Wednesday, February 13, 2019

Bus Report #1026

For the next couple weeks our stop in the mornings will be in front of one of the neighborhood's best bakeries. It is a complete tease to be standing there waiting while the smell of buttery pastry wafts out the front door.

Yesterday Tasha pulled up even though the bus display said NOT IN SERVICE.
We got on and I told her, and she laughed and apologized and changed the sign.

This morning the rain was coming down in sheets, and not twin bed sheets, California kings.
I huddled under the bakery awning with one of the friendly bakers, a chatty young man named Devin. We talked about the bakery and how early he gets up to get there in time to start baking (3 AM!).
When he finished his cigarette and headed back inside he said, "What's your name again?" and we shook hands and exchanged names. He pointed to their new sign, proclaiming new days and times. I promised to stop in soon to get one of their heavenly croissants.

The man with the mustache arrived and joined me under the awning. We talked for the first time. He's not smarmy or weird, he's just French! He shivered and said he thought California was supposed to be warmer than this.
He arrived in San Francisco in August, the height of fog season. "It was so bad," he said. "So cold."
When Tasha pulled up in the bus the Frenchman, let's call him Paul, held his umbrella over my head as we ran to get on the bus.
Tasha honked and beeped at the drivers who were idled in the stop. "You can't be here," she called out to them. "This is a bus stop, you're being rude."
"They've been sitting there for 10 minutes," I told her before I went to sit down.

Everyone on the bus was dripping water everywhere. The giant genie was covered in a rain poncho that could have been a tent. A couple of homeless guys got on, streaming water from their backpacks, and settled in the back of the bus. They were stinky but better they were able to get warm and dry for a little while.

We flew down to the Mission in record time, stopping to pick up a regular here, a regular there. An informal poll showed we were about 50/50 with our rain gear: half of us in wool coats and scarves and half in ponchos, rain boots and slickers.

I got out at Potrero and hurried down the hill to work.
I waved at the guys at the garage, at the UPS folks, skirted three puddles and accidentally stepped in one puddle. At work, dry and warm for the most part, though the ceiling is leaking in two spots with water coming down the wall and a property manager who seems unbothered.

Stay dry out there today, everyone!

Monday, February 04, 2019

Bus Report #1025

Saturday morning I hopped on the 38, headed down to Civic Center to meet up with Michael and James.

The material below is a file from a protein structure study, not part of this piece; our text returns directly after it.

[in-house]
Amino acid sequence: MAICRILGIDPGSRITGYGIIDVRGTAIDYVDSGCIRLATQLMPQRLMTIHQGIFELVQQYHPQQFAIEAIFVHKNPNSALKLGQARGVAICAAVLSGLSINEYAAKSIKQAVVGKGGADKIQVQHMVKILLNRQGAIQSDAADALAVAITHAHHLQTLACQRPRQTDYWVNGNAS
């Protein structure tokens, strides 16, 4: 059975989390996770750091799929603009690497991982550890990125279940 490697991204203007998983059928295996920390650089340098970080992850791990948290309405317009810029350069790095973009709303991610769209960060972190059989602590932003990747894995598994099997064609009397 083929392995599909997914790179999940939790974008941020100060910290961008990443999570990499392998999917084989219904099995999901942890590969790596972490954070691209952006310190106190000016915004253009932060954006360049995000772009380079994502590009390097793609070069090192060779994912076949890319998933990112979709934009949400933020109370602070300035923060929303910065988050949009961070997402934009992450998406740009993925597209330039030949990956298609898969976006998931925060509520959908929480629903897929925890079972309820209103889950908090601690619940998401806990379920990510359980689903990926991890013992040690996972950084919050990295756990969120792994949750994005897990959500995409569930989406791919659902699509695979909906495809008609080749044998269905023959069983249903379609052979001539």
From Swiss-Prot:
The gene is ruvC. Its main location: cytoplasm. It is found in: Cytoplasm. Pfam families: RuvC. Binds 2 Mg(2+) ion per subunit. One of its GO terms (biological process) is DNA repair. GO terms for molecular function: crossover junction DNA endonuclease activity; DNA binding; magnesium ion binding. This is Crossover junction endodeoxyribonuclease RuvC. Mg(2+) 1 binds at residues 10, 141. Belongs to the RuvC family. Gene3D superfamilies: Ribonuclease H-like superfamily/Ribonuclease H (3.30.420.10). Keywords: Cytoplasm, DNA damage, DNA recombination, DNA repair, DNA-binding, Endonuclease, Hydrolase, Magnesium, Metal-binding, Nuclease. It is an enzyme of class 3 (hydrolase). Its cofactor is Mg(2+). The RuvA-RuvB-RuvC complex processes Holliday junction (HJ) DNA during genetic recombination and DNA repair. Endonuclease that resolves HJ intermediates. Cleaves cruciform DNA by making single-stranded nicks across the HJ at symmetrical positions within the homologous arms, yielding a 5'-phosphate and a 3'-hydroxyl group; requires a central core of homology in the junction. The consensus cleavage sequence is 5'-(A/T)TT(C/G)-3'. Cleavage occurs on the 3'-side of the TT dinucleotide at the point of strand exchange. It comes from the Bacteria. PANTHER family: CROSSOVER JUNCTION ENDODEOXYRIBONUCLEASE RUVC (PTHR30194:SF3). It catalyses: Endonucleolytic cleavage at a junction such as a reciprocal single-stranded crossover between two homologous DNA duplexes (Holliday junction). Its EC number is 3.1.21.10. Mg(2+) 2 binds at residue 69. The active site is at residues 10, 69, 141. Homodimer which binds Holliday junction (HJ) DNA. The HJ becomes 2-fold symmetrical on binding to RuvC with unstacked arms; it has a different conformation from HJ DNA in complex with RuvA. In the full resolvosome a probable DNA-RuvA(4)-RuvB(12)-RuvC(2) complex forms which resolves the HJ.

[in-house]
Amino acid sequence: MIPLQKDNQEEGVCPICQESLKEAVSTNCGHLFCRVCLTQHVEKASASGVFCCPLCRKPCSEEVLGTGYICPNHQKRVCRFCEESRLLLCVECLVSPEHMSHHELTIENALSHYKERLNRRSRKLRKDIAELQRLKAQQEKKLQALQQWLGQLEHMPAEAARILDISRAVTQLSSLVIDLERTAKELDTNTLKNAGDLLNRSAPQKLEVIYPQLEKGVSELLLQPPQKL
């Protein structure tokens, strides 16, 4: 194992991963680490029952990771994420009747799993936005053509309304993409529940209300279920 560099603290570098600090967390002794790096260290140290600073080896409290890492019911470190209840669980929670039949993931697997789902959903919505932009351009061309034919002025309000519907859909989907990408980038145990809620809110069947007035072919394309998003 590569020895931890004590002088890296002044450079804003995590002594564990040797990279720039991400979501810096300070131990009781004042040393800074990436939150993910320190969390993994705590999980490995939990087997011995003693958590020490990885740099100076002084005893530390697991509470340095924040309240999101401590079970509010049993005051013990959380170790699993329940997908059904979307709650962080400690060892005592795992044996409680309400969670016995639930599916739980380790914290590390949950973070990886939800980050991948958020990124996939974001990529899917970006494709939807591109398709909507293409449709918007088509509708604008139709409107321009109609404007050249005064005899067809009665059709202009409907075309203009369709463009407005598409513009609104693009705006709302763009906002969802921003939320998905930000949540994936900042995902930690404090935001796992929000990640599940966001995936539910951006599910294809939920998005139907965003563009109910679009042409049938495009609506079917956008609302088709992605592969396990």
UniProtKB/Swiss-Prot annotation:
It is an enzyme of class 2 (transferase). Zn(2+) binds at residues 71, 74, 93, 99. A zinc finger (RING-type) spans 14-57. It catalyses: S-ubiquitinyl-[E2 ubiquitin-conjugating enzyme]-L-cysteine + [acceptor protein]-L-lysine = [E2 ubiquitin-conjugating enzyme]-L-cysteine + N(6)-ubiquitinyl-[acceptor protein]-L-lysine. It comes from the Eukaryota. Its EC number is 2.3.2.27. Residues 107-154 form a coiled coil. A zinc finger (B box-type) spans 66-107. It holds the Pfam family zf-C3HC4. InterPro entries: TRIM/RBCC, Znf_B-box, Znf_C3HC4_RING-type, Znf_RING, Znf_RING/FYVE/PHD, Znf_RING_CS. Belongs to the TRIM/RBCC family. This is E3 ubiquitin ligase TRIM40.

Mr. Polite was waiting for the bus too, and we exchanged greetings before we both got on the bus, Mr. Polite holding the door open for me. We settled in the back of the bus and caught up.
He showed me his new senior Clipper Card.
"I just got this," he said.
"You've got the key to the kingdom," I joked.
We talked about photography, as he is a photographer. He gave me some tips on how to take care of my film camera. He told me where I should go to buy film when I'm ready to take some pictures.
I asked him where he prints his photos. He has a dark room set up in his closet. I thought that was just the coolest.
He spends some time as a gallery monitor and was headed to the gallery just then. He patted all of his pockets, looking for his ear buds. He didn't find them. We agreed they were hopefully, probably at home on the kitchen  counter.
He told me that a lot of the downtown galleries are struggling, moving down to Potrero Hill for better rents. 
We traded favorite photographers. Brassai, Adams, Winograd for him. Nan Goldin, Janet Delaney and Walker Evans for me.
I pulled the signal cord as we approached Gough.
"Great to see you and catch up," I said.
"And you," he replied.
So polite.

Wednesday, January 30, 2019

Bus Report #1024

Took the 19 Polk from work last night, headed downtown.
The bus was very quiet and not crowded - unusual.
A man got on at Folsom. He looked like a drowned rat - completely soaked and his hair was sopping. He shuffled onto the bus clutching an overstuffed plastic bag and sat down near the front of the bus.

We got to 7th and Market in almost no time at all.

I switched to a 9 San Bruno. Seats wet with - I didn't want to know. I stood in the middle of the bus trying not to touch anything other than the bright yellow pole.

A creepy dude muttered to himself and eyeballed all the women, standing in the doorway blocking people coming in an out.
A well dressed woman (reminded me of folks I used to know in my banking temp days) got in and started to sit in the wettest of the seats.
I warned her but she sat anyway.

Later, after errands (thanks for taking my insanely late return, GAP!) I got on the 38R and settled in the back. One of my seatmates spent the ride scrolling through Latin dance hits on her phone while my other seatmate read a book that looked really fascinating - a book about 1980s teen movies.